As early as 10,000 years ago, nomadic people were following the bountiful harvests of fish and game the Manistee River provided. By 500 B.C., natives began settling this land, setting up camps and farming.
The lands were controlled by the . . . — — Map (db m97439) HM
Willian Le Baron Jenney, eminent Chicago architect known as the "father of the skyscraper," designed this beautiful Romanesque church. Completed in 1892, it features vibrant stained glass windows, two of which are of Tiffany design. The soaring . . . — — Map (db m97363) HM
It is a popular misconception that Nineteenth Century lumbermen believed the timber would last forever. In reality the exact opposite was true; every lumberman in Manistee could readily tell you the amount of timber he owned and the year it would . . . — — Map (db m97433) HM
The Manistee Harbor
Pictured is the Manistee Harbor in 1880 with intense activity of pleasure boating, commercial fishing, schooners, steamers and lumber freighters.
The Manistee Water Works
540 First Street
The old Holly . . . — — Map (db m97438) HM
One lazy summer day in 1911, Manistee residents Herbert Harley and Charles Ruggles discussed reform of the American justice system while floating in a skiff on Lake Michigan near here. That conversation led to the birth of the American Judicature . . . — — Map (db m97436) HM
In 1885 a group of Manistee Ladies formed the Lakeside Club, whose primary goal was to create a library. In 1902 the club joined forces with the local literary society and successfully campaigned for a public library. The Andrew Carnegie . . . — — Map (db m97376) HM
In early October 1888, the Manistee City Council hired Frederick Hollister of Saginaw, the architect of Manistee’s principal school, to design a fire hall to replace the original station, which was constructed in 1872–1873 on Filer Street. Later . . . — — Map (db m1191) HM
Organized as a Scandinavian congregation in 1868, Our Saviour's became a Danish church in 1875 and served the American Evangelical Lutheran Synod until 1962. First used for worship in 1869, the building escaped damage in the Fire of 1871 and was . . . — — Map (db m97378) HM
The last firm to service the Manistee passenger and package freight business was the Pere Marquette Line Steamers. The companies engaged in this business required extensive dockside facilities to service their clientele. These facilities lined up . . . — — Map (db m97400) HM
Thomas Jefferson Ramsdell—pioneer lawyer, state legislator and civic leader—built this theatre between 1902 and 1903. Many traveling companies played here and praised the features that made it unique among the playhouses of the era. Theatrical . . . — — Map (db m1192) HM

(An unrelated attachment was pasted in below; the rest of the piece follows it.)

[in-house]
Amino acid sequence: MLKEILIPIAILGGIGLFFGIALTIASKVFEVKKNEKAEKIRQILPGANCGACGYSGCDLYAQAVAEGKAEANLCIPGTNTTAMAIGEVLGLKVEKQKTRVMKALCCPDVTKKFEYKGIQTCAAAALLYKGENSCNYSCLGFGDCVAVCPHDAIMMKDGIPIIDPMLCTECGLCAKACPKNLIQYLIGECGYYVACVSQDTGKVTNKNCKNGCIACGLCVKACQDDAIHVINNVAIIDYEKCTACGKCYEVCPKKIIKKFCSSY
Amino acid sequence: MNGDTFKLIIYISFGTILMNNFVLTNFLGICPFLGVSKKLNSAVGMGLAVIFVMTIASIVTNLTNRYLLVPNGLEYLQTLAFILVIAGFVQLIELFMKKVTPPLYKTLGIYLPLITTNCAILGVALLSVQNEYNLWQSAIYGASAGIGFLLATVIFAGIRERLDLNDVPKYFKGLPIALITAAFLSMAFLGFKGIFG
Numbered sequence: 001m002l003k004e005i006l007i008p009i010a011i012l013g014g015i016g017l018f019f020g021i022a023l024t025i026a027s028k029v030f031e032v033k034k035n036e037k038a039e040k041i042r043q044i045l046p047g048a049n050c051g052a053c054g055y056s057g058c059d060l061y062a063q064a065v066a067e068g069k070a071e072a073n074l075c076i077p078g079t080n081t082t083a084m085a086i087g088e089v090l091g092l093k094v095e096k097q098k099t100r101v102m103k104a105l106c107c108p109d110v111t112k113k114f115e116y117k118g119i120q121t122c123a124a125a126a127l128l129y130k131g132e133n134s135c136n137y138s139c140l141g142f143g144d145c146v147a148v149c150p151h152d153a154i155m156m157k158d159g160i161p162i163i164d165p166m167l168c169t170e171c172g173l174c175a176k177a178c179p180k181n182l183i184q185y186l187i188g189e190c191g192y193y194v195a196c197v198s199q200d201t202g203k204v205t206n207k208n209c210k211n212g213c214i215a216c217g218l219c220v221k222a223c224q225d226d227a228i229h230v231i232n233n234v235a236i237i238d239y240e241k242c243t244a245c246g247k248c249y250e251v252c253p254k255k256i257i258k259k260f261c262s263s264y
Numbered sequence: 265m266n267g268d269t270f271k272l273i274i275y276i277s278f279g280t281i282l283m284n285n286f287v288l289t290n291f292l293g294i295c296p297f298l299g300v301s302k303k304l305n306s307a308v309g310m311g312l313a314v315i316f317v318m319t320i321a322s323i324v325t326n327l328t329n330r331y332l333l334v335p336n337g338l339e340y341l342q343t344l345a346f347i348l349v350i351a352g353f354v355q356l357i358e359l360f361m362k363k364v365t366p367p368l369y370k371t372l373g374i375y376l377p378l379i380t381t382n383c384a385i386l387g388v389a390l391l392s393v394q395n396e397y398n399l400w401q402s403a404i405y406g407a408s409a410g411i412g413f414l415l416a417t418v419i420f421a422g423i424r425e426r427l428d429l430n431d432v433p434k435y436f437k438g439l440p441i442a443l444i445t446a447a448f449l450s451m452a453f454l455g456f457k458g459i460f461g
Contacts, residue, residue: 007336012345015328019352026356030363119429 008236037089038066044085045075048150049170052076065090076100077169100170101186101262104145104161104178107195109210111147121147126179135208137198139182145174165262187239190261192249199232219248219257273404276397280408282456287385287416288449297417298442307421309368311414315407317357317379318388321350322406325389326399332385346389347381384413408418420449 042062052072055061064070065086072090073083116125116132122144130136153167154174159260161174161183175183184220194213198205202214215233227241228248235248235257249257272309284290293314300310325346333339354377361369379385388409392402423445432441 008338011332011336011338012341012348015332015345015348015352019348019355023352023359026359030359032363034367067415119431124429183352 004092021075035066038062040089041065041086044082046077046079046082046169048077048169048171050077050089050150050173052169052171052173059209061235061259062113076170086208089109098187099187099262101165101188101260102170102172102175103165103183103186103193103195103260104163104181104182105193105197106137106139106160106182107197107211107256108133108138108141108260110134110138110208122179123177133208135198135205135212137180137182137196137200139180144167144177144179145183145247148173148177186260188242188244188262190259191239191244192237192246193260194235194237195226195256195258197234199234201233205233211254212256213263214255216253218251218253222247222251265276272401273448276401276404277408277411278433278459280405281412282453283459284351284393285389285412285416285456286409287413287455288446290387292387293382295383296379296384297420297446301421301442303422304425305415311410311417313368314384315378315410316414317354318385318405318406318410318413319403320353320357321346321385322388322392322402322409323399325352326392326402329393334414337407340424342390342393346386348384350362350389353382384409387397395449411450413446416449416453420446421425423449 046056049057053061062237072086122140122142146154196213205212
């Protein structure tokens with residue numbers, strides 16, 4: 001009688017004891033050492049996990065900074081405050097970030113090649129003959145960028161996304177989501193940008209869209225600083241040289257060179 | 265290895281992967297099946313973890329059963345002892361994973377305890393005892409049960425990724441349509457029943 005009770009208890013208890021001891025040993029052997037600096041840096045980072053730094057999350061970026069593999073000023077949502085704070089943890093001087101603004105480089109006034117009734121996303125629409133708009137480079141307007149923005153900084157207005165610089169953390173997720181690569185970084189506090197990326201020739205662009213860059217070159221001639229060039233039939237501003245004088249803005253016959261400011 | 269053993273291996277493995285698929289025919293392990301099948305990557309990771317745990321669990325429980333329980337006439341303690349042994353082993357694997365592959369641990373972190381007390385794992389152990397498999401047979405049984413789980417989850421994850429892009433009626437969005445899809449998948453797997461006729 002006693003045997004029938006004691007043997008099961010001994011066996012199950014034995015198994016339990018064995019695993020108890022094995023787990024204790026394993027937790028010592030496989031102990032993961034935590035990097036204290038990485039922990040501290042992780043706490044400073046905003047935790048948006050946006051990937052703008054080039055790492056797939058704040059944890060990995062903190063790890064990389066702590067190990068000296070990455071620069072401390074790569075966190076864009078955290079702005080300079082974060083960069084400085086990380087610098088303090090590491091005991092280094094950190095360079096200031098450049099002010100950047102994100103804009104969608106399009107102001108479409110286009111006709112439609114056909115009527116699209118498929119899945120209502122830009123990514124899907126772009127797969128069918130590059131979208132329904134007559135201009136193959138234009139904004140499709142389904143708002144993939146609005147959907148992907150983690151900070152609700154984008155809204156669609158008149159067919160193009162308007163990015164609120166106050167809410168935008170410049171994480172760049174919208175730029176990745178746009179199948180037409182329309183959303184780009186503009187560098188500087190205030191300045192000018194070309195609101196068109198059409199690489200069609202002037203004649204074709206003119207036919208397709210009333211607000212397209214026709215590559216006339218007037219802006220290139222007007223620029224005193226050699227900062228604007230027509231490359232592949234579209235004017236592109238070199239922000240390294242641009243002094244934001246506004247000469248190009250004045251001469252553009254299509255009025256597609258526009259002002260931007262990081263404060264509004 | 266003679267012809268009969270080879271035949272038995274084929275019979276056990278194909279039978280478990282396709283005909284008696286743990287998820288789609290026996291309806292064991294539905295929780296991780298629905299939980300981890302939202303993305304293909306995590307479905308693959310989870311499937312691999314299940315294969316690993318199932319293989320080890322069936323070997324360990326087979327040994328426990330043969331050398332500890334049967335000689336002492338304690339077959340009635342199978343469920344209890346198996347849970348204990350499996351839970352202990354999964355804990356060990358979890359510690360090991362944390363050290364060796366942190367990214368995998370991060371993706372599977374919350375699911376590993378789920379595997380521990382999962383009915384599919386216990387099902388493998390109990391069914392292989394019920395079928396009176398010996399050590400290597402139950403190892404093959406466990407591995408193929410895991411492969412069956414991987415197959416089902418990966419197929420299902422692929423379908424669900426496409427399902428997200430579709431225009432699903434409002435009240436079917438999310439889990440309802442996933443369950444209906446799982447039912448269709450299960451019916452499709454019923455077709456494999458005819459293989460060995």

In the summer of 1878, this building was constructed by John Mee and leased to Clark D. Gardner. The building measures 24 × 50, described following its construction as "without exception the finest of its kind north of Grand Rapids". It was . . . — — Map (db m97402) HM
The "Haley Block" was the last of a succession of buildings in this area beginning sometime prior to 1871. These buildings were built and rebuilt to house the Haley Sisters Millinery Shop. Five successive structures burned, the first being . . . — — Map (db m97409) HM
A prominent Manistee jeweler, who's place of business was two doors west at the corner of River and Oak Streets, contracted to have the structure at 427 River Street (the west half of the current building) built in the summer of 1883. . . . — — Map (db m97407) HM
For the first 25 years after lumbermen settled in Manistee the river divided the community. People who later became prominent citizens spent their youth ferrying an occasional passenger across the river in canoes. After the Civil War, private . . . — — Map (db m97382) HM
Originally built by John Thompson, the first floor housed the Russell & Ramsdell Hardware Store. The second floor was especially constructed with two large skylights to accomodate [sic] the studio of a photographer by the name of Miller. The . . . — — Map (db m97404) HM
For nearly a hundred years a small building stood across the River which looked like a Dutch windmill without a vane. The building was not a windmill at all, but instead the entrance to a utility tunnel which runs under the River. Today the . . . — — Map (db m97399) HM
An 1818 Treaty allows the United States and Canada to each maintain one warship of limited armament on the Great Lakes. For most of a century the U.S.S. MICHIGAN served as the U.S. warship.
The MICHIGAN was built on the frontier in 1843 at . . . — — Map (db m97434) HM